Division: Medicine (80001010)Department: Medicine – Pulmonary (90002367)Employment Duration: Full-timeBaylor College of Medicine and Department Summary:Baylor ( www.bcm.edu ) isrecognized as one of the nation’s premier academic health sciencecenters and is known for excellence in education, research, andhealthcare and community service. Located in the heart of theworld’s largest medical center ( Texas MedicalCenter ), Baylor is affiliated with multiple educational,healthcare and research affiliates ( Baylor Affiliates).SummaryThe Department of Medicine, Section of Pulmonary, Critical Care andSleep Medicine at Baylor College of Medicine (BCM) in Houston,Texas looking for a faculty to join our academic program. We seek aclinician and clinical-educator at the level of Assistant Professorto join our expanding clinical practice. Baylor College of Medicinein Houston, TX is seeking an adult pulmonologist to participate inthe coordination and optimization of care for adult cystic fibrosis(CF) patients.The BCM Adult CF Center is one of the largest centers in thecountry and is the only accredited adult CF center in southernTexas, caring for 300 CF patients every year. Our multidisciplinaryteam has an active clinical trial enterprise participating innearly twenty ongoing clinical trials and is closely aligned withother departments integral to the care of our CF patients,including ENT, Endocrinology and Gastroenterology, amongothers.Job Responsibilities:Responsibilities will include inpatient and outpatient CFresponsibilities and general pulmonary practice at Baylor Collegeof Medicine St Luke’s Hospital.Job Qualifications:Education: M.D.Licensure: Licensed by the Texas Medical BoardBaylor College of Medicine is an Equal Opportunity/AffirmativeAction/Equal Access Employer.1154CA; CH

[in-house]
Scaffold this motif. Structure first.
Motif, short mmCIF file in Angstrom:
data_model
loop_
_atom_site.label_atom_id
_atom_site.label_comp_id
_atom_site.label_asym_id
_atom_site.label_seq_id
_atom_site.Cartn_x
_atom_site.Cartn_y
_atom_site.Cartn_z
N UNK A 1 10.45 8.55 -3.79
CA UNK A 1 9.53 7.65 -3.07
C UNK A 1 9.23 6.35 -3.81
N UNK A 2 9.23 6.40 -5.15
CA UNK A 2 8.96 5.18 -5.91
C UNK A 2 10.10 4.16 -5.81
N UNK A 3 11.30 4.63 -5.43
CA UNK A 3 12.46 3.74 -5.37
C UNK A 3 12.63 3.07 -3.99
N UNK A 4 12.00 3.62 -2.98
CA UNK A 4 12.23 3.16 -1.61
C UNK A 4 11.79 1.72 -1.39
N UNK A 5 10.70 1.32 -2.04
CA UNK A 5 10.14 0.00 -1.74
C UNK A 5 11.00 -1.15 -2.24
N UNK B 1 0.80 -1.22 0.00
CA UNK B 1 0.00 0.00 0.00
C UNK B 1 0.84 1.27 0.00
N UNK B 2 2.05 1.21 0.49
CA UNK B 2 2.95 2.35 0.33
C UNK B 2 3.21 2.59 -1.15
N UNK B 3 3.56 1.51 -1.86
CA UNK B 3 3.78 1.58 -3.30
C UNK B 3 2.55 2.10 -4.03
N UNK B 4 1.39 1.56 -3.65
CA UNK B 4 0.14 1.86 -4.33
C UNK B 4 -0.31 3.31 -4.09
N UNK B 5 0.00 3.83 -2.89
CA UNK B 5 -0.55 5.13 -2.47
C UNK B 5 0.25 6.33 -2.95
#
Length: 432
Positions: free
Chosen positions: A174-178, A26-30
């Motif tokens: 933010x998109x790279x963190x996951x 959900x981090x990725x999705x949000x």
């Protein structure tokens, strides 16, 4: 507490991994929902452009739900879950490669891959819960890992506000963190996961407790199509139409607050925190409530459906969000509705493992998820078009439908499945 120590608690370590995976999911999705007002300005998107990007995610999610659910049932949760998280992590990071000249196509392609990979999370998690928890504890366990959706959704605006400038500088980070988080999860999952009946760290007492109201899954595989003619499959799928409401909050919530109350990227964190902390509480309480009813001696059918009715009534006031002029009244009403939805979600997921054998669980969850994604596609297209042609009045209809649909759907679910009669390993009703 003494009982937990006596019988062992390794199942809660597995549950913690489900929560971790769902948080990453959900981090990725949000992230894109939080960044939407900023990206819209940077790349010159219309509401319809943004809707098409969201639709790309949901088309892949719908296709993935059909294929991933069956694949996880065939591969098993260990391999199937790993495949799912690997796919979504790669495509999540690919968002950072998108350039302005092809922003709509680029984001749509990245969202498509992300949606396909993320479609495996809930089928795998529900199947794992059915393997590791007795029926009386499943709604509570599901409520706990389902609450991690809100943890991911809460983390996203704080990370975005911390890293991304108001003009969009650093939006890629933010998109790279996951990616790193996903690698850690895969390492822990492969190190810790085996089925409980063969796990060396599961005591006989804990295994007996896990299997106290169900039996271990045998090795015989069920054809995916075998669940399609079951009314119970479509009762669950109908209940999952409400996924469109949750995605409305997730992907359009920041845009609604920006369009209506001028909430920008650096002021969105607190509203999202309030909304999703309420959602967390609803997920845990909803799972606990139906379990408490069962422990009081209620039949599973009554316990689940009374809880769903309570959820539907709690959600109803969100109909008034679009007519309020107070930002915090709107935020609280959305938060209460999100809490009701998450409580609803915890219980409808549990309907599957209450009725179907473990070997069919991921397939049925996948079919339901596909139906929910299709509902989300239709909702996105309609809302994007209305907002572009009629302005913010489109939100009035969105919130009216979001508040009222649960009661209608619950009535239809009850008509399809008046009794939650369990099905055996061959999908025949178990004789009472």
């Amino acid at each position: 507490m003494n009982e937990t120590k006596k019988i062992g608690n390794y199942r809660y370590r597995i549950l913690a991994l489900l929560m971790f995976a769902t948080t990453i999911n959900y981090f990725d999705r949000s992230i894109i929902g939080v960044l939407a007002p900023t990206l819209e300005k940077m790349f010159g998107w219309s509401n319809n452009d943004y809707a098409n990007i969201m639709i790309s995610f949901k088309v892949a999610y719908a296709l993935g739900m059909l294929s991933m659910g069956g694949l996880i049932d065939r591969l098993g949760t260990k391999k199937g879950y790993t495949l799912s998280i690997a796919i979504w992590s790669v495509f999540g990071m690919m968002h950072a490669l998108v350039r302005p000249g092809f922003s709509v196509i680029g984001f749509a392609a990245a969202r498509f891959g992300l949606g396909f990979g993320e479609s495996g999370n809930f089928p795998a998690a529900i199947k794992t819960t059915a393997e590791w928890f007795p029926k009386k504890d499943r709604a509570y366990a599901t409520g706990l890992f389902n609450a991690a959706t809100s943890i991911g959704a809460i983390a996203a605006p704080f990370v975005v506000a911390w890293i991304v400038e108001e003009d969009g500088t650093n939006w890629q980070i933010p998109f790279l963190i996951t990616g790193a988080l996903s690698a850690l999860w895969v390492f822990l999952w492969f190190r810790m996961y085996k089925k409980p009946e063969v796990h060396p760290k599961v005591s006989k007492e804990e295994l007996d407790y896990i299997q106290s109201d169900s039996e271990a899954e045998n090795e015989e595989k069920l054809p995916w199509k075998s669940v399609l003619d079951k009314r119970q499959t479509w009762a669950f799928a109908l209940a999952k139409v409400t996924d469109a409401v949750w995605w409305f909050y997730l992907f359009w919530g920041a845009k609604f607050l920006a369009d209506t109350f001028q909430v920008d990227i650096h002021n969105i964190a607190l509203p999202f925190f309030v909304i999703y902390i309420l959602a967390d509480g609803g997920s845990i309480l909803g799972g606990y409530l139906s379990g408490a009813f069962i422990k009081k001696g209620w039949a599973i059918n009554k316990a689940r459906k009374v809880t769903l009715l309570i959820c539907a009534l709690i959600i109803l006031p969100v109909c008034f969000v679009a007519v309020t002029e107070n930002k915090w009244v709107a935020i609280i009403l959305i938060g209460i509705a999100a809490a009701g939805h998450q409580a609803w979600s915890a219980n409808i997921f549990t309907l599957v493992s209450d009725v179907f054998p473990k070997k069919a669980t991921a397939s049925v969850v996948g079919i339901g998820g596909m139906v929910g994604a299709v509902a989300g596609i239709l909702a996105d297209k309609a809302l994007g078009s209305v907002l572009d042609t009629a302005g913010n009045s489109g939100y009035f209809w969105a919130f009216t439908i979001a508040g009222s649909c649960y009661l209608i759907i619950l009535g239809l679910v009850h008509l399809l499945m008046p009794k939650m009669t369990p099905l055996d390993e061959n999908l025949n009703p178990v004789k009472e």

In a time when politics is more often a punch line in a comedy sketch than the act of governing constituents, South Bend Mayor Pete Buttigieg’s lecture about ethics and politics sent a timely, relevant message to the Notre Dame community. A South Bend native, Harvard alumnus and Rhodes Scholar, Buttigieg talked to students Tuesday afternoon as a part of the Mendoza College of Business’s 2013 Ethics Week Lecture Series and provided perspective on the intersection of politics and ethics. “I fear that sometimes the word ‘politics’ is spoken and the last thing on people’s mind is ethics,” Buttigieg said. The mayor spoke candidly about the nation’s low public opinion of politicians, citing a poll released Jan. 8 by Public Policy Polling that revealed people preferred colonoscopies, NFL replacement referees and Nickelback to Congress, though the U.S. legislative branch ranked ahead of the Ebola virus, Fidel Castro and Lindsay Lohan. “There seems to be a disconnect between the ethical and the political,” Buttigieg said. In order to bridge that fundamental gap, Buttigieg said, politicians must frame their public life and action within two questions: “Who am I?” and “Why am I here?” “Now, I don’t mean, ‘Who am I’ in the philosophical sense,” he said. “You need to understand who you are in the sense of what role you play, in what capacity you are making a decision.” The mayor said he personally answered that first question while visiting the site of a child homicide in South Bend to “get a feel for the place” that had been the site of a tragedy. However, his public role as mayor coincided with his personal feelings on the situation as he noticed the mother of the victim. “I almost didn’t go speak with her because I was so anxious,” Buttigieg said. “But it meant so much that I talked to her, and it wasn’t because of anything I said. It was because I was the mayor, and it meant something that the city cared.” The mayor also addressed the tension politicians experience between representing the wishes of their constituents and leading their constituents based on what they believe to be in the people’s best interests. “You want to be faithful to your voters, but at the same time you can’t lead by standing still,” said Buttigieg. In this vein, Buttigieg mentioned President Lyndon B. Johnson as a leader who was “very politically devious” but who ultimately made great strides for voting rights. “When something as meaningful as voting rights for America is on the line, is it worth it to play the game?” Buttigieg said. When the conversation shifted to address the second question of, the mayor emphasized the importance of job as a means to achieve one’s goals instead of viewing a job as the ultimate goal. “If the job is your goal, then as soon as you get the job, you have finished your purposeful journey,” Buttigieg said. Although his academic pursuits took him all over the globe, Buttigieg said he returned to his hometown to make a difference where he knew he could and where it would matter most. “Life brings into confrontation the conflicts and tensions between our roles and our purpose, but in the end, the way in which we resolve those tensions is what we are made of.” Contact Vicky Moreno at [email protected]